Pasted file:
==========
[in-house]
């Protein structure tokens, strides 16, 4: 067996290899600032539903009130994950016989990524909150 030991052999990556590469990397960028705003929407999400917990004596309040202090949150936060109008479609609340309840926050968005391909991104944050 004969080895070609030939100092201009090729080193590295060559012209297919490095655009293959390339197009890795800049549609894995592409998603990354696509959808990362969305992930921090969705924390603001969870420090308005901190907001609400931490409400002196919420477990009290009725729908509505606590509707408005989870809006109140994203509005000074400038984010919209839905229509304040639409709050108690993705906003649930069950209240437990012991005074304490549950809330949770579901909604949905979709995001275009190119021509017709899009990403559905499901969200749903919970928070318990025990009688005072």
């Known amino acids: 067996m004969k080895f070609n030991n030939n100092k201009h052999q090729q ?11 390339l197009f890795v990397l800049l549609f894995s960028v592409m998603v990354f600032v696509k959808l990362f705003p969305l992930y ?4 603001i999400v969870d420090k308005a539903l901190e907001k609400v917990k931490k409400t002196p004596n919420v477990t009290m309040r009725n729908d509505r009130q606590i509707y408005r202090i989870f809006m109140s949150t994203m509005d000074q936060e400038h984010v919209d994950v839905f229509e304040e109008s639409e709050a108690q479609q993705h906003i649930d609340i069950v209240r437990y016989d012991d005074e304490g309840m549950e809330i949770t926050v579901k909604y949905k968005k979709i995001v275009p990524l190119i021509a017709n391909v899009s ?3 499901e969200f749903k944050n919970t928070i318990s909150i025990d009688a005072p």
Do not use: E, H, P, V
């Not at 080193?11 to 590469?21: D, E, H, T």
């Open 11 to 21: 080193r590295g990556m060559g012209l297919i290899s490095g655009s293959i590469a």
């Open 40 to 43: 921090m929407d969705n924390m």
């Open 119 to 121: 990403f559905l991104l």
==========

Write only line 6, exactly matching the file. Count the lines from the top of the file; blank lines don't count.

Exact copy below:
């Open 11 to 21: 080193r590295g990556m060559g012209l297919i290899s490095g655009s293959i590469a």